Adapted from a comic strip by Inga Saetre, this light-hearted Norwegian comedy centers on a young woman whose plans for the future are jeopardized by an unplanned pregnancy. A whirlwind of energy, freshness, cheekiness and feminism.
Rakel is 23 years old and full of plans. She dreams of being an astronaut, a ranger, a designer. But when she finds out that she is six months pregnant and that it is too late to have an abortion, the only solution that is imposed on her is the adoption of her future child.
With her best friend as a confidante, two men who could be her parents, and the animated image of her fetus speaking to her, Rakel will resist at all costs this unwanted motherhood that threatens both her future and her freedom.
>> To see: the trailer for the movie “Ninjababy”
A subjective chronicle
By far the most enjoyable movie of the week, “Ninjababy” displays from its first sequences a staging of effervescent energy and liveliness, in tune with its heroine who only thinks about enjoying her youth, having fun, getting drunk and having sex every night. times as possible. possible.
Played with extraordinary ardor by Kristine Kujath Thorp, this compelling character drags the entire film in her deliciously chaotic groove, imposing a punk madness on the result to which she succumbs without resistance.
Chronicle of this young woman determined by the sole desire for a free and unconstrained future, “Ninjababy” finds its uniqueness by illustrating Rakel’s subjective visions.
With offbeat, even surreal humor, filmmaker Yngvild Sve Flikke enjoys breaking up her scenes with brief mental forays, at those moments when Rakel imagines, or recalls, her sexual romps in the frame while discussing what she normally does with her girlfriend. .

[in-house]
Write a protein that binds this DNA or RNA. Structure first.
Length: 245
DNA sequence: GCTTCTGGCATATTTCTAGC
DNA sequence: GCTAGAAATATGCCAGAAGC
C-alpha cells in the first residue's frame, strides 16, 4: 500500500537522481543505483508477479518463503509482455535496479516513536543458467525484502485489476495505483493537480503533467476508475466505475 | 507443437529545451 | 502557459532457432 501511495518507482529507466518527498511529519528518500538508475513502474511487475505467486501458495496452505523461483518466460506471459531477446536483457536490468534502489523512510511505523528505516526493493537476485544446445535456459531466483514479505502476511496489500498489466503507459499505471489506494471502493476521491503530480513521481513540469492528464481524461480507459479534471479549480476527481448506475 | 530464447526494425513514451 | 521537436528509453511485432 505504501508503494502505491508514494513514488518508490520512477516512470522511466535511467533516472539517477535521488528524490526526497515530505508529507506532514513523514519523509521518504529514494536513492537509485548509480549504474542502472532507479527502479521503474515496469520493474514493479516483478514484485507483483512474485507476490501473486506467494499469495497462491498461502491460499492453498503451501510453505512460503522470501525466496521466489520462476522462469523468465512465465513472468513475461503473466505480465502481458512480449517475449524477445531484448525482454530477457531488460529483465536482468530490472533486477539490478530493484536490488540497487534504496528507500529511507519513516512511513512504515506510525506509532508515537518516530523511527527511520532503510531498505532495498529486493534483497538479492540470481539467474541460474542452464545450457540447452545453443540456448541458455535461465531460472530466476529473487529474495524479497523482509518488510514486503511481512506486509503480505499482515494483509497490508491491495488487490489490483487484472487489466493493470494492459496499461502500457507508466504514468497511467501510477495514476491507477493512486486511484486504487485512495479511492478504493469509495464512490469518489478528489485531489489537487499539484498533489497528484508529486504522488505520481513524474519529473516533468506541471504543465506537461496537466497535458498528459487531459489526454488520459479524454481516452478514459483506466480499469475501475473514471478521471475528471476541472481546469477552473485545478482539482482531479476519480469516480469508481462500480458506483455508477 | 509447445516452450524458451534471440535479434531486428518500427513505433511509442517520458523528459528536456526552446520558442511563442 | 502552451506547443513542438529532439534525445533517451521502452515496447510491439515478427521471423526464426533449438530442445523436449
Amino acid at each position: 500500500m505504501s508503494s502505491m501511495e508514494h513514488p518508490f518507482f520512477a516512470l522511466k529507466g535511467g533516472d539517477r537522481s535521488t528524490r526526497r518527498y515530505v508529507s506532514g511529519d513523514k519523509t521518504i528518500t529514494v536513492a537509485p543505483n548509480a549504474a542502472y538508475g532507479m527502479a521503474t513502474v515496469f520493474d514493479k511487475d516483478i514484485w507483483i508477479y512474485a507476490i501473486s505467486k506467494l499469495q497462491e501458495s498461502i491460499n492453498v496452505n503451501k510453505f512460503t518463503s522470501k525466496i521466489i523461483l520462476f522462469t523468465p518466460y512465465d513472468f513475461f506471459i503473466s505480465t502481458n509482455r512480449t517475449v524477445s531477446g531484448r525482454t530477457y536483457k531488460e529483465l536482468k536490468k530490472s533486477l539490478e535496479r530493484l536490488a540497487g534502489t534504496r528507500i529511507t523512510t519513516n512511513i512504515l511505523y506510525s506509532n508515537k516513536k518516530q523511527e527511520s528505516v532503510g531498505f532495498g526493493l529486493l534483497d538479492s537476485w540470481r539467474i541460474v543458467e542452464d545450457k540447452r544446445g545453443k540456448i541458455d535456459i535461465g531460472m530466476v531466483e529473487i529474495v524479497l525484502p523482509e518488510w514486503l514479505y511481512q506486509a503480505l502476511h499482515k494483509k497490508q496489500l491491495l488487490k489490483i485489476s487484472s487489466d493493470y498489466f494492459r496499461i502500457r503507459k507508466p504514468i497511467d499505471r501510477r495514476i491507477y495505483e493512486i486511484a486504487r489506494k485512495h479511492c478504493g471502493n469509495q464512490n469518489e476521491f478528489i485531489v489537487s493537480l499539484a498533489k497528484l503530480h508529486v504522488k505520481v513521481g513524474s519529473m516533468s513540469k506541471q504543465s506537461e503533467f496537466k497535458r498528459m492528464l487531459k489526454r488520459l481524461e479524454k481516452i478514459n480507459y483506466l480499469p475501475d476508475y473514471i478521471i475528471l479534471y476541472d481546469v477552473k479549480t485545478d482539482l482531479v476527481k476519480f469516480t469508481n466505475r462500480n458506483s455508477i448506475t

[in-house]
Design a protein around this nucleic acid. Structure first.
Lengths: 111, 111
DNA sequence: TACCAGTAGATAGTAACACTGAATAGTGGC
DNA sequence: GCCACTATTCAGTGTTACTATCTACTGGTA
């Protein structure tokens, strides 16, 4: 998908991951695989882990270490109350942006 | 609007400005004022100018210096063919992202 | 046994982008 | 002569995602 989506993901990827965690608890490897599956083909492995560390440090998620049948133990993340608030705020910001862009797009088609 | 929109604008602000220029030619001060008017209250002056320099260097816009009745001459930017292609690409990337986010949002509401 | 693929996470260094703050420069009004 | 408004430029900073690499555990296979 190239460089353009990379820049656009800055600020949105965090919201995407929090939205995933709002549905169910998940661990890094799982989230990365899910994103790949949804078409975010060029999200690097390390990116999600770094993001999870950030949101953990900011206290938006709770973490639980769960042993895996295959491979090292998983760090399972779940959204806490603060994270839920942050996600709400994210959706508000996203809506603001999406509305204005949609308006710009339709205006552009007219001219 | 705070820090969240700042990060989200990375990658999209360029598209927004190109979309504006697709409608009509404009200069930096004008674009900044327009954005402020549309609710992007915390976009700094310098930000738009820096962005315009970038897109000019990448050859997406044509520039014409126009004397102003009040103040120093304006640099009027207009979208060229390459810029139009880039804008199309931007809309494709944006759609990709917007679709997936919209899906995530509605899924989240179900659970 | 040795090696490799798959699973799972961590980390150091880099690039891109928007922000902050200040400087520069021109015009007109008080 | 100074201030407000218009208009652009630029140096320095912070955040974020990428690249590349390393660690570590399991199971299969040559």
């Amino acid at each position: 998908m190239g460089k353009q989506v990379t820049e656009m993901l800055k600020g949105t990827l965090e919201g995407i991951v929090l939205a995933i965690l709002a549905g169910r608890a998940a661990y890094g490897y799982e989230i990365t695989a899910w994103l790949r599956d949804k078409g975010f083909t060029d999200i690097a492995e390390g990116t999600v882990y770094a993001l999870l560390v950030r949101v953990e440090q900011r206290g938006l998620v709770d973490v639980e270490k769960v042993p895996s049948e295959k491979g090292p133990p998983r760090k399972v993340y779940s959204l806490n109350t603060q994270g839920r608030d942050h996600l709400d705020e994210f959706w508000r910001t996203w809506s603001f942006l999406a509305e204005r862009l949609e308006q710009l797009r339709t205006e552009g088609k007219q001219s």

In addition, drawn motifs contaminate the image, a ringing alarm clock, electrical points to express the sentimental emotions that overwhelm the heroine, until Rakel’s fetus, also drawn, appears in her eyes here, like an evil spirit impertinently commenting on her life. . options and trying to guide his decisions.
A supposed feminist approach
This visual process, which could have been purely artificial, finds all its relevance here by turning the viewer into an accomplice of Rakel and her way of seeing the world in a totally playful way.
The relationships that the young woman will weave with the creepy Pikkjesus, a former lover and alleged father who improvises as a father when he doesn’t even know how to manage his life, and with Mos, an aikido teacher with whom he spent a night and whose smell of butter he appreciates. , could have taken “Ninjababy” down the slightly agreed-upon path of romantic comedy, subjugating Rakel to the male characters.
Fortunately, the result breaks free of this to remain as close as possible to its heroine, whose search for freedom and identity unrestrictedly opposes social mandates.
We will thank Yngvild Sve Flikke for having reached the end of his feminist approach, with a look that could not be more critical of that supposed maternal instinct that supposedly dictates a woman’s reason for being.
“Ninjababy” offers its heroine another birth, more artistic than biological, a daring and magnificent conclusion to this film of jubilant freshness, humor and topicality.
“Ninjababy” by Yngvild Sve Flikke, with Kristine Kujath Thorp, Arthur Berning, Nader Khademi.